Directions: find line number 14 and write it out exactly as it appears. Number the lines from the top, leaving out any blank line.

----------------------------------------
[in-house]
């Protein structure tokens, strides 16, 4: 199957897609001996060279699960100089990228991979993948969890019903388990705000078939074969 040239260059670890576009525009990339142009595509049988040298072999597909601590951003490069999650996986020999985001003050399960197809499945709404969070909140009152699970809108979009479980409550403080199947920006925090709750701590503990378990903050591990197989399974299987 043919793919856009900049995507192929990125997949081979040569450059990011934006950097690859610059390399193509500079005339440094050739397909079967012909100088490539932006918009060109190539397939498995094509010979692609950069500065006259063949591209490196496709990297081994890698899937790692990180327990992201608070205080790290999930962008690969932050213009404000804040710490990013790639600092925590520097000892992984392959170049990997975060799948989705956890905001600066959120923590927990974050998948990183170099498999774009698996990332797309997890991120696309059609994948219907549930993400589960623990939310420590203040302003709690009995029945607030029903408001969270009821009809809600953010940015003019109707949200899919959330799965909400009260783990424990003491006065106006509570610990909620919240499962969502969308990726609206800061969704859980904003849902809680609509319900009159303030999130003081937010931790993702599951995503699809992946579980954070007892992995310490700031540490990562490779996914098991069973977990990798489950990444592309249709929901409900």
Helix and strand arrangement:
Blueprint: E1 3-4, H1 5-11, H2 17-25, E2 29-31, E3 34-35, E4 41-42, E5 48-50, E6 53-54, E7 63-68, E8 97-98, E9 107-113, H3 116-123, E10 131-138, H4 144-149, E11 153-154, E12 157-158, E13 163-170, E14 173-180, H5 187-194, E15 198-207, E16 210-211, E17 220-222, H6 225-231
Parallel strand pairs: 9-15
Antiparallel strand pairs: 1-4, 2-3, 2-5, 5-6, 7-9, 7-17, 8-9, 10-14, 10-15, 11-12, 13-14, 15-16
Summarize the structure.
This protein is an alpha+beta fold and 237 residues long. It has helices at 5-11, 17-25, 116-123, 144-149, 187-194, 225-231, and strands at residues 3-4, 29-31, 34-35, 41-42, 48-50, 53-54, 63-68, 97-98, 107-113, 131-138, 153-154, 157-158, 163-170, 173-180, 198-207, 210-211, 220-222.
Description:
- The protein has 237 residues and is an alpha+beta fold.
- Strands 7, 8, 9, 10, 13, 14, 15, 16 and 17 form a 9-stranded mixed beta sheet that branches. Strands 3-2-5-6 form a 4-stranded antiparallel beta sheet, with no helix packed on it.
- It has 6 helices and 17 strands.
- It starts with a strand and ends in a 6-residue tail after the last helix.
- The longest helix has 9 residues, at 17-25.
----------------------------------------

- The longest helix has 9 residues, at 17-25.